A new statistics service for the Finnish Immigration Service

Towards the end of last fall, we at Lucify started a project with the Finnish Immigration Service to redo the statistics section of their website. The end result was released at the beginning of this month. We wanted to share some of the thinking behind the project in this post, along with what we learned on the way.

There were many reasons why a new statistics service was needed. From the Finnish Immigration Service’s point of view, the drudgery of the previous system — hand-producing a monthly statistics PDF — was time that could have been spent on more meaningful activities. With the surge in asylum seekers during the fall of 2015, everyone at the agency had their hands full.

On the consumer side, we wanted to offer the data in a better format than PDFs. Since data in PDFs is not structured or easily machine-readable, building on top of it is difficult. Additionally, the static nature of PDFs does not use the full potential of the digital medium. By adding interactivity, we would be able to communicate a much broader data set in a more intuitive fashion. Reporters, citizens, and other interested parties would be able to find answers for themselves — answers that, until now, were only available from Finnish Immigration Service employees. Again, more time saved for the agency.

A one-page specification

With these goals in mind, we had a short session with the agency to sketch a high-level overview of what the service should do and what it should roughly look like. The annotated version of the image below ended up being the specification for the project.

The high-level concept for the project

Many people — especially those used to heavy, up-front definition phases — were shocked by how lightweight the specification was. I won’t go into the classic debate between lean software practices and the traditional waterfall process here, but suffice to say: this type of project should not use heavy planning before the data has been gathered and development has started.

Defining the fine details of what a data visualisation should look like before getting access to data is, at best, time spent inefficiently or, at worst, time wasted. Data is required in order to explore the different possible ways of presenting it, while constant feedback from users and stakeholders influence the design. If the outcome is locked into place before either of these happen (via a specifications list in a contract), the end result will be far from ideal.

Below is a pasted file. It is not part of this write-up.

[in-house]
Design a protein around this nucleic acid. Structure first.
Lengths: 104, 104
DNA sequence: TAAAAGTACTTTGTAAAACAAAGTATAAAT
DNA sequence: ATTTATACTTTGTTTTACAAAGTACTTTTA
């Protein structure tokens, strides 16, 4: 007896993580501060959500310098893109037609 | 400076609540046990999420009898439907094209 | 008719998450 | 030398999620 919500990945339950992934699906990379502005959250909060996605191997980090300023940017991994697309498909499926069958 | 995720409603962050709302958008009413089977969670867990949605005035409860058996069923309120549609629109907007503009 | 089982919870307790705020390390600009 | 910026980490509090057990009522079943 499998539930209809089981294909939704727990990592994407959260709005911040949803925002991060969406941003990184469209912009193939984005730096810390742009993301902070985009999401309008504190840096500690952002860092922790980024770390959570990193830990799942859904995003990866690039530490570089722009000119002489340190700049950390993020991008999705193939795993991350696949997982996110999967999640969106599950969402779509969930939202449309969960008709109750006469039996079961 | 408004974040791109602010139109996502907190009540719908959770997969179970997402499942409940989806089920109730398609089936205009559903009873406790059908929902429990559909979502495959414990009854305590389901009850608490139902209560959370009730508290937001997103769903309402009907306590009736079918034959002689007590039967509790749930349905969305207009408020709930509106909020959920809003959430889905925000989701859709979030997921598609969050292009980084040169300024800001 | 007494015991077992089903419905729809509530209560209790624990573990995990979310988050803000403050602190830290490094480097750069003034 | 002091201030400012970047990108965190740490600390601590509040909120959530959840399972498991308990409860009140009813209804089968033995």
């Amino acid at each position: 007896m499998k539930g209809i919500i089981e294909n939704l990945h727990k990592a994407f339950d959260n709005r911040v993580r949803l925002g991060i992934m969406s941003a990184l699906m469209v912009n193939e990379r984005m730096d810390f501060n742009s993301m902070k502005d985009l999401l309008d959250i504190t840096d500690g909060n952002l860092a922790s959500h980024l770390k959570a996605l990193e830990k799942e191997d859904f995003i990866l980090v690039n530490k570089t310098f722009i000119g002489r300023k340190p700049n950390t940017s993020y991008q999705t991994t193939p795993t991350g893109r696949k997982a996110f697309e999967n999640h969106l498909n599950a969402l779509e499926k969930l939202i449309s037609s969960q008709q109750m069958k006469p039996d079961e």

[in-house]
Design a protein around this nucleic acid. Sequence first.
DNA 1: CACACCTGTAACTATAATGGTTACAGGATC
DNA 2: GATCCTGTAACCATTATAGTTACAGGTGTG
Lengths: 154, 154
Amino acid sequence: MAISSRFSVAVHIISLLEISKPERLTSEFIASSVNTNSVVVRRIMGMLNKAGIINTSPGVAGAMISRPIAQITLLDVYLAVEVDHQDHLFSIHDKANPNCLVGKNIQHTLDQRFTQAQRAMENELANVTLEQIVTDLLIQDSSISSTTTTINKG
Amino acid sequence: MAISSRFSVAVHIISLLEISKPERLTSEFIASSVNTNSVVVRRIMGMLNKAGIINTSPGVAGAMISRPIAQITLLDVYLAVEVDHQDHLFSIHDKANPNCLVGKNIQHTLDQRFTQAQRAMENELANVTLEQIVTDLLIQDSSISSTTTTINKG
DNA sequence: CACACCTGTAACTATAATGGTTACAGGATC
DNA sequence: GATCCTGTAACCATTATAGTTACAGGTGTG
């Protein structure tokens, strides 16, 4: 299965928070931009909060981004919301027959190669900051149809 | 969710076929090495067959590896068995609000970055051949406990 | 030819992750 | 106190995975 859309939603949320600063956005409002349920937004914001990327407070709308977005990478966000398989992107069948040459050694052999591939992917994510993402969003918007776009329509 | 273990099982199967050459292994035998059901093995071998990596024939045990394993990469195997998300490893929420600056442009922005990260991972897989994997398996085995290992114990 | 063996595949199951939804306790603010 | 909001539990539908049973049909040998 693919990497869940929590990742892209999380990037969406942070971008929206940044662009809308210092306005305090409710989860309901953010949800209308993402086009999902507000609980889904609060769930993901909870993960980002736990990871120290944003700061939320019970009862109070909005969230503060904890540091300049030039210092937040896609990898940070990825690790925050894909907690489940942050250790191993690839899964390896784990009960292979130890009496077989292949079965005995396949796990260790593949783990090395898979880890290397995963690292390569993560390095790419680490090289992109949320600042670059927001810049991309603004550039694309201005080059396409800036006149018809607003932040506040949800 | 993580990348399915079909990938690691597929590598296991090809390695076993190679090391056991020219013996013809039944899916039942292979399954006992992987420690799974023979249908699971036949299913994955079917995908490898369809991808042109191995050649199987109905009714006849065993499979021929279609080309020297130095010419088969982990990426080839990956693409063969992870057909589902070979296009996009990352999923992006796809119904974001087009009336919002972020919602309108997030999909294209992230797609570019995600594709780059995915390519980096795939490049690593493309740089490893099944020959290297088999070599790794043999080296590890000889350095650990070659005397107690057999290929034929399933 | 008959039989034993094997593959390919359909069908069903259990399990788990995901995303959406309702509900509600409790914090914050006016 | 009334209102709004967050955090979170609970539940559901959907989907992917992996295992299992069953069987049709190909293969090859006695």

Design decisions and implementation

Design-wise, we had a few challenges. One was related to anonymity: how could we provide detailed statistics about applications, decisions, gender, age groups and nationalities without giving up too much information about specific individuals?

Together with the Finnish Immigration Service, we decided that showing counts for five people or less is acceptable as long as it happens on one only dimensions. In other words, it is ok to show that one person from Vanuatu applied for citizenship in a certain month as long as there are enough people (over five) applying during the same month. On the other hand, if a certain month has five or fewer applications (or decisions), we do not show demographics.

The service in action

Another design-related challenge was the complex, tree-like hierarchy of decisions and applications used at the agency. The Finnish Immigration Service handles a wide variety of applications, ranging from residence permits and citizenship to international protection. We needed a way to let the user drill down into the types of applications or decisions that they were interested in in an intuitive manner, all the while showing statistics from the currently selected level. We ended up building a sidebar that lets users drill down into these different types of cases, showing the relative amount of cases at each level.

On the technical side, one interesting detail is that this project is 100% HTML, CSS and JavaScript — there is no backend server. This simplifies not only the software architecture, but also removes the need to set up and maintain a new server. Since we needed to offer users the ability to download the visible data in CSV form, we had to generate the CSV contents in the browser and show the user a download prompt. Luckily, this can be done relatively easily in modern browsers.


The upcoming months will tell us if the project succeeded in its goal of reducing manual work for agency employees, both from generating reports and answering data requests. We’re also excited to see if third parties will use the newly accessible data to build new services or communicate the data in novel ways.

Taking into account the scope of the project, we are very happy with the end result. But to us, what is even more important was being able to take part in a project that makes data about an important topic — immigration — more accessible to the general public. So much of the ongoing debate on the subject is based on rumors, fears, and outright lies, not facts and figures. We hope to see changes by making data easier to get hold of and understand.

So many of the global issues that we currently face are complex problems with no clear solutions. At Lucify, we strongly believe in the power of the digital medium to help us better understand these problems — not only by visualising large amounts of data, but by offering ways to simulate, play around with, and intuitively understand complex systems.